Glass is a lot like lava rock, but it has a few more advantages. Many say that it looks nicer than lava rock, but that is a personal preference. It is a great heat conductor and is not as porous as lava rock which helps to keep moisture away from the bottom of your fire pit. The shape of the glass does leave room for debris to get lodged in it and to keep its appeal; fire glass needs regular cleaning.
Do not use sand if you have a metal fire pit. Thick sand will keep ash, dirt, and debris from getting to the bottom of any fire pit, but sand is also great at retaining moisture. That moisture held against the bottom of your fire pit for long periods will cause rust.
It may sound weird, but it is safe and can save you a lot of hassle if you have a metal fire bowl. Before you use the pit for the first time or after you, have thoroughly cleaned it, Find a waterproof spray paint that matches the color of your bowl. Spray the inside and outside of the bowl with the spray paint and allow it to dry according to the directions on the can.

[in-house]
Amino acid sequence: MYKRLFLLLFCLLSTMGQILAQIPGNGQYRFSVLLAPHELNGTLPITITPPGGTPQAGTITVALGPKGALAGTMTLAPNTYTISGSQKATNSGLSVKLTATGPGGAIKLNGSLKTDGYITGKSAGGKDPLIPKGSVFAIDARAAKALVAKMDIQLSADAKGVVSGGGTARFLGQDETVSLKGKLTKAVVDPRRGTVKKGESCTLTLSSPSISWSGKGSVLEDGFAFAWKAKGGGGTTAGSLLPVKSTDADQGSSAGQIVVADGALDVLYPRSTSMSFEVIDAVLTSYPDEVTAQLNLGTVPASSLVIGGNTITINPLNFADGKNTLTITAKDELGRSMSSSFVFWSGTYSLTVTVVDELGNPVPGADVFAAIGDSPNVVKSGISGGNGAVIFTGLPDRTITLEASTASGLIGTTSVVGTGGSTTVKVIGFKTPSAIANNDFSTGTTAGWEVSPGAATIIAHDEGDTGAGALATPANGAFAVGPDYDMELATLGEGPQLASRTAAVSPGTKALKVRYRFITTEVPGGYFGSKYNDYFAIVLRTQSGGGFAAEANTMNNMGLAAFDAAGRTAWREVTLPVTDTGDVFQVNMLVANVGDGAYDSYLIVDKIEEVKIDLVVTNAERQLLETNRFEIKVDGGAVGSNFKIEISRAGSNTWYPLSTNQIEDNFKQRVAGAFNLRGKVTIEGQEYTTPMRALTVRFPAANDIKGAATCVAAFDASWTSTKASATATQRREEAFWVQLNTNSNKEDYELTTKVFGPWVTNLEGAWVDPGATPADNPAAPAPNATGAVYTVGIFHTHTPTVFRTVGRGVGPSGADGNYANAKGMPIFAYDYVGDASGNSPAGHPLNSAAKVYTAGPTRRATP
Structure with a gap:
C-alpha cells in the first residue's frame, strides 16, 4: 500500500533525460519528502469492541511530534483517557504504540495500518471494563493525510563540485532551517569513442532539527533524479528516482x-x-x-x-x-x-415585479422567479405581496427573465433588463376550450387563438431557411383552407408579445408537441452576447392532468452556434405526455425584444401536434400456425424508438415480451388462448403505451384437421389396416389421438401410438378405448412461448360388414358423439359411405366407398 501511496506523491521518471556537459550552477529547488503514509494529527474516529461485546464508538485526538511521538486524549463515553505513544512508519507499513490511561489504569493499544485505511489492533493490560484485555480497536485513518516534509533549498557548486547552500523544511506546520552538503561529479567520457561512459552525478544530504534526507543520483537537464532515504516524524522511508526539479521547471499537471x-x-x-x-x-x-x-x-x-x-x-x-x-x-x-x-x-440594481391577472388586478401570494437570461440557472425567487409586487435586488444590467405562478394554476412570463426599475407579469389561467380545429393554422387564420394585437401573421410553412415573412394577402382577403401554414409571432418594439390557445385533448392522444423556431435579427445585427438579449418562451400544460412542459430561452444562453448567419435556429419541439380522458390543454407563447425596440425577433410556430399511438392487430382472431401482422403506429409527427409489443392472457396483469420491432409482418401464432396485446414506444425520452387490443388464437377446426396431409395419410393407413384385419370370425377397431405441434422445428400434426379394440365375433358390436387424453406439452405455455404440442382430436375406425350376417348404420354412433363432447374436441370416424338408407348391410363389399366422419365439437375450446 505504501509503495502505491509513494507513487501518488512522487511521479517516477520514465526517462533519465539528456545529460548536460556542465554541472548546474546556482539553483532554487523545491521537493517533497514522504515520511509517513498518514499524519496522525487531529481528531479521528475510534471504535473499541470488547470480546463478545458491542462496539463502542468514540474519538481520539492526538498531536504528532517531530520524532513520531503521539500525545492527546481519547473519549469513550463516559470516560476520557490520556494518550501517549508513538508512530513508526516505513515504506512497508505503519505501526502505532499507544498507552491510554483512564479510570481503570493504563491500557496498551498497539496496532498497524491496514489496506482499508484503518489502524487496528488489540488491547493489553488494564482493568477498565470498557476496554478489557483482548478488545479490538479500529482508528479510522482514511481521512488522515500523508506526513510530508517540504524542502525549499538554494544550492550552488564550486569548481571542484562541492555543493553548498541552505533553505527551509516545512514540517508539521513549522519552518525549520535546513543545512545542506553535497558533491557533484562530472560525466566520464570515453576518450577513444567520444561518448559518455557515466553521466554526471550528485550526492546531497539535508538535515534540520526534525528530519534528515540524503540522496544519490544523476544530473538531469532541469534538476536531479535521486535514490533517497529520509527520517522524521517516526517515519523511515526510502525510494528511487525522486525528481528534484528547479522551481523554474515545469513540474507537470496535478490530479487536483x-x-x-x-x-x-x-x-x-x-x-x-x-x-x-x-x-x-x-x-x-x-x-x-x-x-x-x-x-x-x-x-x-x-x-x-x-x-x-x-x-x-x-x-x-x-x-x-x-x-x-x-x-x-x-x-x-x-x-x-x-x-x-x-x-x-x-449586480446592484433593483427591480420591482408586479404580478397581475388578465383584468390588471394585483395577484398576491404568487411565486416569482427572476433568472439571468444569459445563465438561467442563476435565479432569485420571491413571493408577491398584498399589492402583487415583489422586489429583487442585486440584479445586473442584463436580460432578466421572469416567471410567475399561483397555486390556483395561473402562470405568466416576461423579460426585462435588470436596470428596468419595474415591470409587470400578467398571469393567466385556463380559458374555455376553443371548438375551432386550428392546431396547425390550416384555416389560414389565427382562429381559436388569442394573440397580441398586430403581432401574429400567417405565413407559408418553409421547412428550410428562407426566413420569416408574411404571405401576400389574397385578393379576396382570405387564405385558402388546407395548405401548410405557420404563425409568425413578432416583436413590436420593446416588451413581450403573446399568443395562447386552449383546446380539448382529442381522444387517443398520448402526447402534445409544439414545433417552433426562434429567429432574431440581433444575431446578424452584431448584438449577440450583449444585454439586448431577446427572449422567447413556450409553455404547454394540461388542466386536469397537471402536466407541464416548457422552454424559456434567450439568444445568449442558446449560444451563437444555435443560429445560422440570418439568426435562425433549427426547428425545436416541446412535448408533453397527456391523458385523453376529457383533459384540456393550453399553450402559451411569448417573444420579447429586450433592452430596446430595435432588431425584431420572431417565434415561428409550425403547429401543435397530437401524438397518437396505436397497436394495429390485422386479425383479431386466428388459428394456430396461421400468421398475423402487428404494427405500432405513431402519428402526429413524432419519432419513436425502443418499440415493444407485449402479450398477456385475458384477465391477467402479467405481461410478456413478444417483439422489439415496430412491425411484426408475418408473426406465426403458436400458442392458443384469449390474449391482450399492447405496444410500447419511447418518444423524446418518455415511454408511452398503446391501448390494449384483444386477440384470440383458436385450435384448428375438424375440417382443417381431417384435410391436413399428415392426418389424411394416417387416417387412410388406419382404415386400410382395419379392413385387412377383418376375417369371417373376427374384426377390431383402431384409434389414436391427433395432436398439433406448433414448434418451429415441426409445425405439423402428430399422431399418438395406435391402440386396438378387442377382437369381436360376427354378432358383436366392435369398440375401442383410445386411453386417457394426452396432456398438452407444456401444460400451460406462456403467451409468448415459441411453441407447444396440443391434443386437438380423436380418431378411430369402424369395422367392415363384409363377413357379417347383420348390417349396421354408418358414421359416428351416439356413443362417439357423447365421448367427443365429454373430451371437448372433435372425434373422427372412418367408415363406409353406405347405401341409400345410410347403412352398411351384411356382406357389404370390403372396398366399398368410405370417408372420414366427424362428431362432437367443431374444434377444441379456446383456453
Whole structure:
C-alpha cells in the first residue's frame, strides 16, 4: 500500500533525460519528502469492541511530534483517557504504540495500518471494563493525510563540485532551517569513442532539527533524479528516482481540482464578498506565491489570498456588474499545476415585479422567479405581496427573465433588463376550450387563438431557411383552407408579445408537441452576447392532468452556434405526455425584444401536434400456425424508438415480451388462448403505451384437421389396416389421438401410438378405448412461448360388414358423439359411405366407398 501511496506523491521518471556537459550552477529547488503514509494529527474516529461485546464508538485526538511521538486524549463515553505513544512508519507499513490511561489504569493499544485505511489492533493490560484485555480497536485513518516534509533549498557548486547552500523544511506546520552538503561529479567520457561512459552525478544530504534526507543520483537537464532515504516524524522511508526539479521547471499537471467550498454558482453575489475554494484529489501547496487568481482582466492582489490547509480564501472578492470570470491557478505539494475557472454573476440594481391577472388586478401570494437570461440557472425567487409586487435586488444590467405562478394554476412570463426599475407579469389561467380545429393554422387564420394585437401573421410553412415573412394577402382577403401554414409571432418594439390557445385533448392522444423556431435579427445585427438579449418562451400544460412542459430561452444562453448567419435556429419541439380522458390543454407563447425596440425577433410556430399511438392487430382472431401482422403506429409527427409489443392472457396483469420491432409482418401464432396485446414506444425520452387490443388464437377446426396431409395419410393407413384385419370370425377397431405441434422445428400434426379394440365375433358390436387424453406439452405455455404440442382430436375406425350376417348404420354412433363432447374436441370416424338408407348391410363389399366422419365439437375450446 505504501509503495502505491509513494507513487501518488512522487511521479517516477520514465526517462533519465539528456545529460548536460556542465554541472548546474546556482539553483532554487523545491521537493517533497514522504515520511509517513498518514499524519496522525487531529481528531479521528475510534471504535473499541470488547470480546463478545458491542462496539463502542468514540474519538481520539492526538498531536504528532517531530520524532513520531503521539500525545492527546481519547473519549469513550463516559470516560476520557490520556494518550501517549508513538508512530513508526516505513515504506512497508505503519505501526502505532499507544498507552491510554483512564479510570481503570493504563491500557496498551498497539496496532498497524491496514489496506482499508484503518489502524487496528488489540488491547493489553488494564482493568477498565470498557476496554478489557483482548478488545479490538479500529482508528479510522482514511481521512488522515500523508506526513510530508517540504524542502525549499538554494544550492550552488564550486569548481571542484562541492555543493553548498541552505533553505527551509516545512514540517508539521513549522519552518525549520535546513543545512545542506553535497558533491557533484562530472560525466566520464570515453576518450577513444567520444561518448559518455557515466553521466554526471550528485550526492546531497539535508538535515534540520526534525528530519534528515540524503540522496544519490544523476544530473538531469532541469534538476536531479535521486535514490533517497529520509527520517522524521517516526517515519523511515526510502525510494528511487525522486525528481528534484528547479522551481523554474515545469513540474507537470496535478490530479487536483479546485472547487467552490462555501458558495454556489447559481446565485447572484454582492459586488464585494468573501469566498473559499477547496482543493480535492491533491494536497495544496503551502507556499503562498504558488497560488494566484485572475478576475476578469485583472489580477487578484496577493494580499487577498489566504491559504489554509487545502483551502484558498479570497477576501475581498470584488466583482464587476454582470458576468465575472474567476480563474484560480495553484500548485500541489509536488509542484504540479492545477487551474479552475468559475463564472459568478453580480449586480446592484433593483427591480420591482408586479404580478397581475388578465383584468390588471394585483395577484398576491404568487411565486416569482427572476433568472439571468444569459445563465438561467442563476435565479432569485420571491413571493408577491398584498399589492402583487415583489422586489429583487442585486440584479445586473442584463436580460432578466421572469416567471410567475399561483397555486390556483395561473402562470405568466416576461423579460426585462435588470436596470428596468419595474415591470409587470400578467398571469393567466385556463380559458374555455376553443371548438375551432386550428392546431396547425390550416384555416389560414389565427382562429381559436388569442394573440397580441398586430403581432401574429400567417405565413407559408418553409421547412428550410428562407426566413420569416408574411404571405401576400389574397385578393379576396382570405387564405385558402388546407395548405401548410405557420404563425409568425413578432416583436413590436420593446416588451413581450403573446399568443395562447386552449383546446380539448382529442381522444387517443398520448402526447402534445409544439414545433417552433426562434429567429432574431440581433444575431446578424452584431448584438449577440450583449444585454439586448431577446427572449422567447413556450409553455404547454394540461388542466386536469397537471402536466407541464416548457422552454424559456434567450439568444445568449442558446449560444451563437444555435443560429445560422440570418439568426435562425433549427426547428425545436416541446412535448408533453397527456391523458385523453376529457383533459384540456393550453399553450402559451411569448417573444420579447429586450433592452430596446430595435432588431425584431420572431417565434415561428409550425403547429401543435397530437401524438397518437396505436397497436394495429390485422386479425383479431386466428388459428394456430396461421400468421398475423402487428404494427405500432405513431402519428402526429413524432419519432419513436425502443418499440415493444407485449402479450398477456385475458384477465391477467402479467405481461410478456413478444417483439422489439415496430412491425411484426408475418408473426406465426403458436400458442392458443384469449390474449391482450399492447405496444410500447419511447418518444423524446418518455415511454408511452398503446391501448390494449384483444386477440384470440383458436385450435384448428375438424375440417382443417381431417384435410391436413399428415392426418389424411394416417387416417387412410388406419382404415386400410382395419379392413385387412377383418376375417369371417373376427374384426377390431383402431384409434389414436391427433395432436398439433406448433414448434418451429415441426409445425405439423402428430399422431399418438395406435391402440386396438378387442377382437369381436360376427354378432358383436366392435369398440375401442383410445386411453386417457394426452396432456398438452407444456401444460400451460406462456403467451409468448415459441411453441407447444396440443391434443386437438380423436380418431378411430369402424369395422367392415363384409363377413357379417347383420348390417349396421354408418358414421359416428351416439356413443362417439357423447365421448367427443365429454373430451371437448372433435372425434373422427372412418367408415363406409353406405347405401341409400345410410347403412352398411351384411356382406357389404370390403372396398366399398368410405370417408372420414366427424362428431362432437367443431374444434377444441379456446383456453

Oil coating is usable with or without the spray paint coating. By wiping a weatherproof, petroleum-based oil on the bottom of your metal bowl, you can prevent most water damage. The only downside is that it needs a coating every few months, so you need to clean your fire pit thoroughly every few months.
Though you should be using your cover whenever you are not using your fire pit, you won’t always be using it. When your fire pit cover isn’t in use, you should always store it in a dry place like a shed. The last thing you want is for your fire pit cover to get wet and bring moisture to your pit when you put it back on.